What Does the Future of Nursing Hold for 2020–2030?
The National Academy of Medicine’s (NAM’s), formerly known as the Institutes of Medicine, 2010 Future of Nursing report was touted as a significant shift in the nursing profession. The report provided four important milestones for the field (http://www.nationalacademies.org/hmd/Reports/2010/The-Future-of-Nursing-Leading-Change-Advancing-Health.aspx) to achieve by 2020:
- Nurses should practice to the full extent of their education and training
- A blueprint should be developed for improving nurse education
- Opportunities must exist for nurses to assume leadership positions
- Data collection must improve for policymaking and workforce planning
Chaired by former President Clinton Department of Health and Human Services Secretary Donna Shalala (D-FL)—who is a current U.S. congressional representative—the Future of Nursing report set significant goals for the decade after its release. Although some gains have been made in the nursing profession, many would agree that the report’s goals have not yet been fully achieved.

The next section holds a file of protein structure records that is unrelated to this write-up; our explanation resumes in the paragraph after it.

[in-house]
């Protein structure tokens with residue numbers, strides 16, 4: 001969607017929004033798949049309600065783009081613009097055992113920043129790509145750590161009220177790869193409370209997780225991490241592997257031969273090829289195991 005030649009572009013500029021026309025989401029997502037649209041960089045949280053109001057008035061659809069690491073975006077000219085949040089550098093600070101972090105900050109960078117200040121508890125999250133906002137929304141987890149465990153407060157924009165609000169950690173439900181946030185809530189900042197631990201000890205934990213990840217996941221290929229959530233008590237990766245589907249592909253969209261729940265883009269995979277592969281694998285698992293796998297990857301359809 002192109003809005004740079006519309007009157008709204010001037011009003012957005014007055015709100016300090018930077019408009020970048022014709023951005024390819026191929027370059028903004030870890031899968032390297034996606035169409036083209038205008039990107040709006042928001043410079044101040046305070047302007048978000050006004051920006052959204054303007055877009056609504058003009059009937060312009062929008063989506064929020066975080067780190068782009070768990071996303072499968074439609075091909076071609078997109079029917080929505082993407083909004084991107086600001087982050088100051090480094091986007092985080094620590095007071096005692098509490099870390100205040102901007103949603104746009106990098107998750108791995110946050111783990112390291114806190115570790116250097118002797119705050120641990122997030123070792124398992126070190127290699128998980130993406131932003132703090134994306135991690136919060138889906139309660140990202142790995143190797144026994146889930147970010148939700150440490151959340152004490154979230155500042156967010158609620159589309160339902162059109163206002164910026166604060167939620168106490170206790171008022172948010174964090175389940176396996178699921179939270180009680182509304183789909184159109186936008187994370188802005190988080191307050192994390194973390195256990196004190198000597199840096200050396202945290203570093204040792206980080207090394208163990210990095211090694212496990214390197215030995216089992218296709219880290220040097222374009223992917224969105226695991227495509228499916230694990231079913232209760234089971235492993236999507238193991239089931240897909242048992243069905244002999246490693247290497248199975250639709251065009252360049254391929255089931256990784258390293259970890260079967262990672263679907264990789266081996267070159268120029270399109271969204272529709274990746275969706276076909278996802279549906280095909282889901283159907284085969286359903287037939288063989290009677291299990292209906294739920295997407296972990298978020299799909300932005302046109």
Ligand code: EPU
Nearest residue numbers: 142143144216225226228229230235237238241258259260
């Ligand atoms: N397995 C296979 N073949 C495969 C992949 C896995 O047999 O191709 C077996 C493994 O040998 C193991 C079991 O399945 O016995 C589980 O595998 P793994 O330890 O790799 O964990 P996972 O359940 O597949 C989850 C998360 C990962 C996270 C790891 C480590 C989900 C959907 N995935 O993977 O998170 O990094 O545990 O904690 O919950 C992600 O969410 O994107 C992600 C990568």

In 2019, NAM met and extended the vision for the profession of nursing into 2030 (http://www.nationalacademies.org/hmd/Activities/Workforce/futureofnursing2030.aspx), actively seeking to implement the final goals to ensure more Americans have increased access to quality health care and reduced disparities. According to the NAM announcement, “The committee will examine the lessons learned from the Future of Nursing Campaign for Action as well as the current state of science and technology to inform their assessment of the capacity of the profession to meet the anticipated health and social care demands from 2020 to 2030.”
Nurses are key to improving public health and safety throughout the country. Working within their communities, institutions, and with policymakers at all levels of government, nurses can make a huge impact on the care patients receive. Learn more about how nurses lend their voices to the advocacy effort (https://voice.ons.org/advocacy/get-involved)—on behalf of their patients and their profession.